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Diabetes mellitus Report an error in disease page


Diabetes mellitus, popularly known as "diabetes" is a chronic disease. It is associated with very high levels of the glucose sugar present in our blood. There are two mechanisms for diabetes, patients may experience either of the two to suffer from this disease. The first is that there is not enough production of insulin produced by the pancreas as a result, blood glucose level are lowered or type 1. The second is that the cells is not sensitive enough to the action of insulin or type 2.


Diagnosis of Diabetes is commonly done using the blood and subjecting it to several different laboratory tests like blood glucose testing. Glycosylated hemoglobin levels (glycohemoglobin or hemoglobin A1C) are also subjected to testing, and the glucose tolerance test.

Symptoms and Signs

The symptoms of type 1 and type 2 diabetes include increase in volume of urine output which are usually sweet and less appetite accompanied with fatigue and stress.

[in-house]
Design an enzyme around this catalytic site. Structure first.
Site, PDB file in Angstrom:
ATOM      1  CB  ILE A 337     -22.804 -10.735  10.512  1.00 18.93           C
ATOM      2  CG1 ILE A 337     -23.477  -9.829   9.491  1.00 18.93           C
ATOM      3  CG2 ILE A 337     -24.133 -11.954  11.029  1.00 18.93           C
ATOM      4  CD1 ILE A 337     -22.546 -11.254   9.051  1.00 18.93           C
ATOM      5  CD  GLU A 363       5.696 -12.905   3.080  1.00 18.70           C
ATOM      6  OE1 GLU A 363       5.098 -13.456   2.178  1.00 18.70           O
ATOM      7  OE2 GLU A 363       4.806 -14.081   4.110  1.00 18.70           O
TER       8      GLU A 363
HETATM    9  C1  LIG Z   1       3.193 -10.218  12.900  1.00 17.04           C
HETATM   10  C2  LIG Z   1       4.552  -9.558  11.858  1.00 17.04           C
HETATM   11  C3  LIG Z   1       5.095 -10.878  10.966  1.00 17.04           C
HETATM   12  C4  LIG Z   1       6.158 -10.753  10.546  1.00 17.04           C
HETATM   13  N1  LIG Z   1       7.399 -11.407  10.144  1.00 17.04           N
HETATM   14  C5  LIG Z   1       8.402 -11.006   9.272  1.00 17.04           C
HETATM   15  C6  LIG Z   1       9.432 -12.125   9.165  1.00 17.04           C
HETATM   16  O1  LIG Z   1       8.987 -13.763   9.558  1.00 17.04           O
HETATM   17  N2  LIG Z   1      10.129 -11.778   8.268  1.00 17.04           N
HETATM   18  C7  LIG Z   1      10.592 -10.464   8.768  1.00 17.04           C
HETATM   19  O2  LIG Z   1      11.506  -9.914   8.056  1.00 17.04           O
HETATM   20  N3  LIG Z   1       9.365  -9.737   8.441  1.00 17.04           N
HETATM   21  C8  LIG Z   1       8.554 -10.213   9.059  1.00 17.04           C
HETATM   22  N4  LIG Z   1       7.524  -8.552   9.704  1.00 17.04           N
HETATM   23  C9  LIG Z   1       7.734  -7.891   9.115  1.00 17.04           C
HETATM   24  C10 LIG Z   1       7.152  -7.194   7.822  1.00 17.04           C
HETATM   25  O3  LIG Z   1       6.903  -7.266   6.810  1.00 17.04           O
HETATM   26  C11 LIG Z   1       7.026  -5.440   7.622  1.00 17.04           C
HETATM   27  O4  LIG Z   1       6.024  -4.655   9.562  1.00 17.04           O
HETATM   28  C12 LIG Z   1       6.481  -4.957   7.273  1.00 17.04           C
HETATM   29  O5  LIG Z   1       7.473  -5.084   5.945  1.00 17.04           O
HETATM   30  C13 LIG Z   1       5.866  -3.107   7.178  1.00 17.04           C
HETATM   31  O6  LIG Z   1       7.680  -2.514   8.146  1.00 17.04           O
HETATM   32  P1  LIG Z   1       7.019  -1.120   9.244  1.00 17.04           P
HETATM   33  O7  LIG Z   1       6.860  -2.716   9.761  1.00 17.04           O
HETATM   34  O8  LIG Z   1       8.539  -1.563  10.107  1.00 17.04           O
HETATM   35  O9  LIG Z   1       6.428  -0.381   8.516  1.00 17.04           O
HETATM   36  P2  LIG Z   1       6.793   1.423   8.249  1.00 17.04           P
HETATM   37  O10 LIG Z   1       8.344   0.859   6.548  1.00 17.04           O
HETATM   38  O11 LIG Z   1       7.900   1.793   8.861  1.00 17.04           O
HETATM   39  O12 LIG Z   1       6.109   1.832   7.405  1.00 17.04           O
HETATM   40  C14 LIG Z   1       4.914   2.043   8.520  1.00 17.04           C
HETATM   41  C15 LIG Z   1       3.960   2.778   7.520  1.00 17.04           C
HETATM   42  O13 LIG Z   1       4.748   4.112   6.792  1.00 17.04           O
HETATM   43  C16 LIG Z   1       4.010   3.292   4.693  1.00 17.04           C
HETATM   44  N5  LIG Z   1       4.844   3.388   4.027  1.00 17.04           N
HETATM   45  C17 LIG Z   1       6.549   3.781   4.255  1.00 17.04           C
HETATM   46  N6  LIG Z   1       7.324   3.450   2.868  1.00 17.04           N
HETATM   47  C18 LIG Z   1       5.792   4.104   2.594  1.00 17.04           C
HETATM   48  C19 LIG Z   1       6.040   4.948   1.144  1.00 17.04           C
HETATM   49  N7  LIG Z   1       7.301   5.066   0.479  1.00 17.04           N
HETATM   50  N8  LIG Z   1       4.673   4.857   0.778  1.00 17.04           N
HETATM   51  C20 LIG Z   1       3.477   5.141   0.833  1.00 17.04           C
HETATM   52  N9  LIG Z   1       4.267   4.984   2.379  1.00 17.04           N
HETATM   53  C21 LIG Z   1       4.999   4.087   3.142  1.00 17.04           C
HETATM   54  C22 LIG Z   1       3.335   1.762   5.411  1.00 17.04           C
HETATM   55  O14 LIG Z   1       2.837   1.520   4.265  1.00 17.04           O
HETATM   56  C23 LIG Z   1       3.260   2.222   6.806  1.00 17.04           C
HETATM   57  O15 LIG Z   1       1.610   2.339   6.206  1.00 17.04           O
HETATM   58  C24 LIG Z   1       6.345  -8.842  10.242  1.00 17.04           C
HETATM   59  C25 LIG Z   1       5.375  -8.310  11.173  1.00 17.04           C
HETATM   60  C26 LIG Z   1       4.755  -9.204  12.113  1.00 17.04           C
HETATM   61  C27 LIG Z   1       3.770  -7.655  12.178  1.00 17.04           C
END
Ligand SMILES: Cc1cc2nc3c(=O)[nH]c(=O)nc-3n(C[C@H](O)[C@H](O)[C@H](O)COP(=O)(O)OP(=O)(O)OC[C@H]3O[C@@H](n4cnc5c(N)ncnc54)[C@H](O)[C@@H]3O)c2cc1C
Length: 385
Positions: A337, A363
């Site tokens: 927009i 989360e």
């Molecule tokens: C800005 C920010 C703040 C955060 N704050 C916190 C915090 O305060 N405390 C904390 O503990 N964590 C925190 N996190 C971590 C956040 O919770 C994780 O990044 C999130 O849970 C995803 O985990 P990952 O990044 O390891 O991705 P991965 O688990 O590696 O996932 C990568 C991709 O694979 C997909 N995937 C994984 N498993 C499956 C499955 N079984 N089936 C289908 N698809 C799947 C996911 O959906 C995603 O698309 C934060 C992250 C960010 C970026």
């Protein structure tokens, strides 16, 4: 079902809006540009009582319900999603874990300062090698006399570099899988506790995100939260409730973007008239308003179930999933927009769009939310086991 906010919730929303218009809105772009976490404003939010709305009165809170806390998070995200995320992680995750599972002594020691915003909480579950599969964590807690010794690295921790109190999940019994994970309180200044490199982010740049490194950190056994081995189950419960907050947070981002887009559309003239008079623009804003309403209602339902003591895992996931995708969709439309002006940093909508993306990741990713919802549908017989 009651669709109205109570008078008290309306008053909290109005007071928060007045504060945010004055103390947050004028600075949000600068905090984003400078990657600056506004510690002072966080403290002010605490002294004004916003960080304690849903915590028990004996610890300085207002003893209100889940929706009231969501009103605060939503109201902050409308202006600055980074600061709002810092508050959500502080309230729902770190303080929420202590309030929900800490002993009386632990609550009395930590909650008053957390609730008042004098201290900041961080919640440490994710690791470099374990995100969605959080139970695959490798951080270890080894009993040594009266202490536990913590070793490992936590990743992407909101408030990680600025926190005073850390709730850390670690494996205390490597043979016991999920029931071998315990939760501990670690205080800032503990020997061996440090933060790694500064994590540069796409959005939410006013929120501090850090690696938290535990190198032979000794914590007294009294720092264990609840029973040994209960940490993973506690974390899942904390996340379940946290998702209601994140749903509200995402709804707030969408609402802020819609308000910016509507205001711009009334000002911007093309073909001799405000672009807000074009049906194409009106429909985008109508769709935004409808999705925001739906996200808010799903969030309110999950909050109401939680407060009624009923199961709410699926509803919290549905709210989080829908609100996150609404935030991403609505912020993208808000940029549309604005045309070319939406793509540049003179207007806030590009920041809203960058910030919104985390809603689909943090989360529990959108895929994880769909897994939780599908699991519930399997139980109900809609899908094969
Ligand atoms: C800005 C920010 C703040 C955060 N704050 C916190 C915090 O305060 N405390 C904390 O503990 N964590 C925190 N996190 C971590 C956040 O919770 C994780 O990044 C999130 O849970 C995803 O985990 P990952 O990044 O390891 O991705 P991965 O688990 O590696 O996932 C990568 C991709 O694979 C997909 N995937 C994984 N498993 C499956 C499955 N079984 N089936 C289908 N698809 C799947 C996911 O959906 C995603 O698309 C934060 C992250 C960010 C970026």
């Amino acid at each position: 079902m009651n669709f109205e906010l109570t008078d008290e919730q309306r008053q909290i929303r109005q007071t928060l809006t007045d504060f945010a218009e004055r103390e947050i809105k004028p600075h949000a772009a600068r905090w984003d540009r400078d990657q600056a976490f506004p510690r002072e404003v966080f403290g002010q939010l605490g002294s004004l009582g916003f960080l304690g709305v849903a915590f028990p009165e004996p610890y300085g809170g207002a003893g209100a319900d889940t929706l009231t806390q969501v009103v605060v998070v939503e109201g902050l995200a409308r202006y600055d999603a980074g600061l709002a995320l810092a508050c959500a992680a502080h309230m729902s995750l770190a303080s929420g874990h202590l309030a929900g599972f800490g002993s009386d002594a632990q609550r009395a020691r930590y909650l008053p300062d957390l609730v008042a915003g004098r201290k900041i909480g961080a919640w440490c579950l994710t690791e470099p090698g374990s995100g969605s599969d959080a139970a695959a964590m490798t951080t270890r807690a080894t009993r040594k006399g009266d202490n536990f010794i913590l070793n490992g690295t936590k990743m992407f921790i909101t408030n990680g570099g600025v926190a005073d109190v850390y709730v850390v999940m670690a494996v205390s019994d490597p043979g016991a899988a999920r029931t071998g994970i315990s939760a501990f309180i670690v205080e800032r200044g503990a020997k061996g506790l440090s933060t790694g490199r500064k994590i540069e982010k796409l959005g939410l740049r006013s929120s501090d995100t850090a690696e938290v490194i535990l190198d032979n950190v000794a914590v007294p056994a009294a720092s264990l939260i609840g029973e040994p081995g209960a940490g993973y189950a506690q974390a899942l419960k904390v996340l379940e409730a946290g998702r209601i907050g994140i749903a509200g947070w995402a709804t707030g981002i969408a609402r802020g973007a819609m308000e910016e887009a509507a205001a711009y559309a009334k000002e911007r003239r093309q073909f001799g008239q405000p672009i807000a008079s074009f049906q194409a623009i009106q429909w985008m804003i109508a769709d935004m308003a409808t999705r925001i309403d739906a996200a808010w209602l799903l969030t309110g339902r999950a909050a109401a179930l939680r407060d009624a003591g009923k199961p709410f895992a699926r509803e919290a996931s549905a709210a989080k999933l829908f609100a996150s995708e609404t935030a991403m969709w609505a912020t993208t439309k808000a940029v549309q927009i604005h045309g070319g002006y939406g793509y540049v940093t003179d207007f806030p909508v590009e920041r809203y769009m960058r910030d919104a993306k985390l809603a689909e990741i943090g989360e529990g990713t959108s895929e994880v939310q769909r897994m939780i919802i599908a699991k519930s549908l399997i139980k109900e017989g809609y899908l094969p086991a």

There is no known direct effect of this disease although it was thought to be a genetic condition which may be passed on to generations.


The mode of treating Diabetes varies, usually depending on what type of diabetes they are dealing with. For type 1 diabetes, the primary treatment is by replacing insulin combined with careful blood sugar level monitoring using monitors for blood testing even at very early stages. Adjusting the lifestyles of the patient is also a step being done and emphasized by physicians. Insulin can be supplied in the body through injections, pump, or through inhaling. Type 2 diabetes, in the other hand, is usually treated by endulging in more physical activities, planning diet and reducing intake of foods with high carbohydrates and therefore losing weight. This method, however doesn't correct the cells' tendency to resist insulin, and so these measures should be continued. Next step, is taking oral anti-diabetic pills.

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